A Surprisingly Large Number Of People WANT To Receive Marketing Texts On Their Phones—Here's Today's Ad Brief

girl texting

Photo: Flickr/Juan Nosé

In completely surprising news, it looks like some people actually want marketing campaigns to be texted to their mobile phones. According to Harris Interactive’s survey of 2,262 adults, only four per cent of mobile users receive marketing-related texts, and of those who don’t get them (aka, most people), a whopping 33 per cent would be “somewhat interested” in receiving them. That’s not the biggest endorsement, but it’s definitely more than nothing. The survey also found:

  • 20 per cent of adult phone owners made purchases through said phone last year
  • 34 per cent of adults made purchases through their phones if only looking at smart phone owners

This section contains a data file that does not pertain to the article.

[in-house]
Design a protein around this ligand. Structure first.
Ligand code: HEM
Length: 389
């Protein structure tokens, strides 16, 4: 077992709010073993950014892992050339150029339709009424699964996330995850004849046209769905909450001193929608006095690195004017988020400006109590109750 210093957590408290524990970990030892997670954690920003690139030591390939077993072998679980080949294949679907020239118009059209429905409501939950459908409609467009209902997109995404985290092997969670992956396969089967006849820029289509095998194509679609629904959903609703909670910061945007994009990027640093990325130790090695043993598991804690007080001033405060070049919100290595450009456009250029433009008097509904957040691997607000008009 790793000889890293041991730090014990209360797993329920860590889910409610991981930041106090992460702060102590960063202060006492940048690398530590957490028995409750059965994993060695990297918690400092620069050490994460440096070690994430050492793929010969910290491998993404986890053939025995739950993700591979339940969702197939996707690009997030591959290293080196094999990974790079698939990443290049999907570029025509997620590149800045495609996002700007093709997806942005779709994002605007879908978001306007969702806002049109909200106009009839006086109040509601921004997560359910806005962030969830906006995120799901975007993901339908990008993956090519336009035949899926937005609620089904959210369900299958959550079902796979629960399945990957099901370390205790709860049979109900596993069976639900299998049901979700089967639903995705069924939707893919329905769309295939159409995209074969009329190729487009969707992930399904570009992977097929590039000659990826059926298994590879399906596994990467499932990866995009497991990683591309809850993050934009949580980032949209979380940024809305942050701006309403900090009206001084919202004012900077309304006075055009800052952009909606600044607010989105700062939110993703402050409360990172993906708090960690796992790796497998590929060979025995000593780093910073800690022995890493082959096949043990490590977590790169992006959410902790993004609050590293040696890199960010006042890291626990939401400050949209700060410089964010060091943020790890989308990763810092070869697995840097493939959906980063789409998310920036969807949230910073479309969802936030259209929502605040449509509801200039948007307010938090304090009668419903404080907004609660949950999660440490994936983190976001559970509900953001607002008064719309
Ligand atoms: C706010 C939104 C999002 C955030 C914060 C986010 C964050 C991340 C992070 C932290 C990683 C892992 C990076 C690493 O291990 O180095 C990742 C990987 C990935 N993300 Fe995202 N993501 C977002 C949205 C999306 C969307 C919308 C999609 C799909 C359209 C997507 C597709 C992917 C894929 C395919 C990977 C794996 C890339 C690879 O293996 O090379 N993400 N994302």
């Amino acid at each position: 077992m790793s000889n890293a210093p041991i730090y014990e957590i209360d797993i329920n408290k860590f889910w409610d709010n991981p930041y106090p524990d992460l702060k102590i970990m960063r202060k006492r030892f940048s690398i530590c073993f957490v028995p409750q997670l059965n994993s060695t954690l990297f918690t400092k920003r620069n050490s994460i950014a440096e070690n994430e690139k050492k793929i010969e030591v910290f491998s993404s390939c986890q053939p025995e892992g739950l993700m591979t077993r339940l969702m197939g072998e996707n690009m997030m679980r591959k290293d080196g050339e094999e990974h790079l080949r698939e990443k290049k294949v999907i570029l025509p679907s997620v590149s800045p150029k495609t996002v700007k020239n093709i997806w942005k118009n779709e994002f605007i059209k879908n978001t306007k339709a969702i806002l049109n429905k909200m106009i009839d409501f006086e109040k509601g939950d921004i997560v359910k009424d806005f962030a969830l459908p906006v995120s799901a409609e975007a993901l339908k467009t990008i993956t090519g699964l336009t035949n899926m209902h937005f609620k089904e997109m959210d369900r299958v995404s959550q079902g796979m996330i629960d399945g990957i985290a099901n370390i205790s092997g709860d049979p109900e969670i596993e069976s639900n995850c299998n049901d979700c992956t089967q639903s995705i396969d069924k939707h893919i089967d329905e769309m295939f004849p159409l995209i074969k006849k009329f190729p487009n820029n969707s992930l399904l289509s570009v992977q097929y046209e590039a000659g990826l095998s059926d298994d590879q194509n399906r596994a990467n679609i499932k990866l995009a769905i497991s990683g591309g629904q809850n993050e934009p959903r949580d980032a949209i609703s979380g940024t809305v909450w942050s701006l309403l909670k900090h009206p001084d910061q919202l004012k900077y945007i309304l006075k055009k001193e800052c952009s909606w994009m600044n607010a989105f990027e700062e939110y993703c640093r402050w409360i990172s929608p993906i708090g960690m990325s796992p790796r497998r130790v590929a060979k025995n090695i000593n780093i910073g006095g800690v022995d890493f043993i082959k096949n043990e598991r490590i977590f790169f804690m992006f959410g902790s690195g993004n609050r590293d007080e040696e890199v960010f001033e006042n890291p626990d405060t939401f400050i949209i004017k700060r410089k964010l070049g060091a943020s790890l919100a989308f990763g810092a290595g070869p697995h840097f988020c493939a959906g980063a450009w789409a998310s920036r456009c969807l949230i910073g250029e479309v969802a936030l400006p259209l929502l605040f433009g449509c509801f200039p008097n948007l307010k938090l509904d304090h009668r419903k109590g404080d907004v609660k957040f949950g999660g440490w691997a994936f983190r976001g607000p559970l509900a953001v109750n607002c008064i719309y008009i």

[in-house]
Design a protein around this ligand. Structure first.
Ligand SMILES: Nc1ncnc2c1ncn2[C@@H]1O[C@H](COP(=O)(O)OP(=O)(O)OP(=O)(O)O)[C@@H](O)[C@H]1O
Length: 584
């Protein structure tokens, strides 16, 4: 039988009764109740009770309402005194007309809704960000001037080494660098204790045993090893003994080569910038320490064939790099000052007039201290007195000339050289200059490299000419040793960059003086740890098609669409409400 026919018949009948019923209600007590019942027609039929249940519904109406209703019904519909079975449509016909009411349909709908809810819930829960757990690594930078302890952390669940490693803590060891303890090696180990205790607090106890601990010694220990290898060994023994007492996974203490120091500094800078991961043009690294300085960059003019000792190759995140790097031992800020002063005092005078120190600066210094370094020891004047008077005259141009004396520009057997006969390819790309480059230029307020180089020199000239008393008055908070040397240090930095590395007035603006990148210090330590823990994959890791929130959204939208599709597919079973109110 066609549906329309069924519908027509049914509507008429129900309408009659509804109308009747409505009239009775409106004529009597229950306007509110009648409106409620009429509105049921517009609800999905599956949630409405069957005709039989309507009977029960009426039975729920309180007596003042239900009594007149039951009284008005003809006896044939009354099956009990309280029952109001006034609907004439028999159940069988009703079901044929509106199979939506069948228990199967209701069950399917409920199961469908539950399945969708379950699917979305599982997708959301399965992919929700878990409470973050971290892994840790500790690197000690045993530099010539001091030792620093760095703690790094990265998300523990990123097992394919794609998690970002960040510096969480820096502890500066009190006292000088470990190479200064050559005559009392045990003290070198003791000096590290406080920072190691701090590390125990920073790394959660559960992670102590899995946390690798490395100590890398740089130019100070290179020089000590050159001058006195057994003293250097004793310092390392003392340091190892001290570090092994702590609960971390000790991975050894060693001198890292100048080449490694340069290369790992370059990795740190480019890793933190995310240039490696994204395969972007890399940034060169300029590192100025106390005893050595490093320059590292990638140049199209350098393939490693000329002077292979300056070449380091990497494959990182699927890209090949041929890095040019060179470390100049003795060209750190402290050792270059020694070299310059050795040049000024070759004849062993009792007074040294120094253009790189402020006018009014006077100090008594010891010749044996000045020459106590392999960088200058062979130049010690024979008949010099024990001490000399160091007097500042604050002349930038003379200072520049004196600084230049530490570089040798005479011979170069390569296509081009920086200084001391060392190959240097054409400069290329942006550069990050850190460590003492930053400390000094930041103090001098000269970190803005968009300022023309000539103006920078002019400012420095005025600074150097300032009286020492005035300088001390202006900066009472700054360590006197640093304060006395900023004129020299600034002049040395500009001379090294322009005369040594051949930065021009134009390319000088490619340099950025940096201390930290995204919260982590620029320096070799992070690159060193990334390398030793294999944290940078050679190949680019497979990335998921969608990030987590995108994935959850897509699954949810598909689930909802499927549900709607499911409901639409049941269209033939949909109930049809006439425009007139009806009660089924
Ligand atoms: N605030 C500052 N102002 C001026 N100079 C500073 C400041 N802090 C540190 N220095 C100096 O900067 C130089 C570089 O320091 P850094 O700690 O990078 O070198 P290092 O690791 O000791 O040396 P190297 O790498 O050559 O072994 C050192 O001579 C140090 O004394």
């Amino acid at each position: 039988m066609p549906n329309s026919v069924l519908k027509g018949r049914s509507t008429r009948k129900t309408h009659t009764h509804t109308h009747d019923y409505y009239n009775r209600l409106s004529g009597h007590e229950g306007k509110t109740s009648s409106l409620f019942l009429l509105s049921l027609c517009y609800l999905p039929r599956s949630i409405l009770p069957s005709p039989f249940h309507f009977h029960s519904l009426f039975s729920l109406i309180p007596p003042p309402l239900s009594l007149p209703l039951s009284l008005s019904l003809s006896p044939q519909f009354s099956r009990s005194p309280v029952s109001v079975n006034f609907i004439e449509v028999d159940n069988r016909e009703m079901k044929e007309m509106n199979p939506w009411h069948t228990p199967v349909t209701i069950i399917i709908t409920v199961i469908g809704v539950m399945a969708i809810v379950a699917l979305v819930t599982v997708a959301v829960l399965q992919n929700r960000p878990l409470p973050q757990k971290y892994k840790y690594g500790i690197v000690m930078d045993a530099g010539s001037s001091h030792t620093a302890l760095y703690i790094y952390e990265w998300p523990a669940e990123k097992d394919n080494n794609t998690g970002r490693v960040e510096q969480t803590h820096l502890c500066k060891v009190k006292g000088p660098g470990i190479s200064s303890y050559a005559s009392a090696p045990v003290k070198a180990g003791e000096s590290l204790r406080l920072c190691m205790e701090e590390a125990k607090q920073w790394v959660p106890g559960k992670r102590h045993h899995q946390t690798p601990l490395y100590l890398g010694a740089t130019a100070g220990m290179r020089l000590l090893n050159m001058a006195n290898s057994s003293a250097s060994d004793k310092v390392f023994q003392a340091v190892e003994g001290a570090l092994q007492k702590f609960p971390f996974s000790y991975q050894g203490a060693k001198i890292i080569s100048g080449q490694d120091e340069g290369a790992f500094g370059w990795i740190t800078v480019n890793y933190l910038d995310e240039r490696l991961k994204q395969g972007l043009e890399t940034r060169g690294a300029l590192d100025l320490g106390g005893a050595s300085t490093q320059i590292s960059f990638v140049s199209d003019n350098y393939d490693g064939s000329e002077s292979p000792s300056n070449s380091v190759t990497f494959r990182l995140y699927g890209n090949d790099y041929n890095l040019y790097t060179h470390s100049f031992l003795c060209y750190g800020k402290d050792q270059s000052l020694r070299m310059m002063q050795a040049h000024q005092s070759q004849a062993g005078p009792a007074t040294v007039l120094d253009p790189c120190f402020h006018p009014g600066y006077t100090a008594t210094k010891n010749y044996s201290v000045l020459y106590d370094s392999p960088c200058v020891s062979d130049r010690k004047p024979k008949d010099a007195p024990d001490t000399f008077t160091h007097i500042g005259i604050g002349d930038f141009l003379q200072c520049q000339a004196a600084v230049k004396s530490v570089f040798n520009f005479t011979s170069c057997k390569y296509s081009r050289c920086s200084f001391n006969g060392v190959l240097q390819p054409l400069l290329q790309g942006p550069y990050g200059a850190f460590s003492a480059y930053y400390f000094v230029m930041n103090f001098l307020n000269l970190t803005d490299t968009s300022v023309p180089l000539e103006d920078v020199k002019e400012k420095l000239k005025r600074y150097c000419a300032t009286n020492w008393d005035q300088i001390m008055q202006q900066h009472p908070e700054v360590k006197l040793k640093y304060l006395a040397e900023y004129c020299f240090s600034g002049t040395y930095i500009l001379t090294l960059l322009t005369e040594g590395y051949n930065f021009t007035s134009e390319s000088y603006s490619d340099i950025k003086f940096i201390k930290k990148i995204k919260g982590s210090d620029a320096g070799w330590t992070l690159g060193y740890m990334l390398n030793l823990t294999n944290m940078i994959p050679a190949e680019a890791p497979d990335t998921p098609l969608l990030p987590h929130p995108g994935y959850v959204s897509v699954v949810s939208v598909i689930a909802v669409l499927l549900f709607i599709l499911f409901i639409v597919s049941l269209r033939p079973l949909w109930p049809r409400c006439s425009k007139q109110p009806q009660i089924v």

• 32 per cent of consumers are more likely to visit a store after receiving a marketing text
  • 38 per cent are more likely to visit a brand’s website after receiving a text

Adweek has a piece out today about how many brands heavily rely on Facebook for their Mother’s Day marketing campaigns.

After 15 years, Shelly Lazarus  is stepping down as chairman of Ogilvy & Mather. CEO Miles Young will take her place as of July 1st.

Gap has put up a new poster in Los Angeles featuring a same-sex couple along with the tag line: Be One. (Conservative protests to begin in three … two … one …)

Pepsi has been slipping: It is only the third soda, behind Diet Coke. Ad Age has looked into what the brand is doing to make itself over while still not trying to make any truly drastic changes, like a logo change.

After being trapped in a four-way, Atlanta-based Hooters of America has decided to go with Fitzgerald+CO as its new lead creative agency of record.

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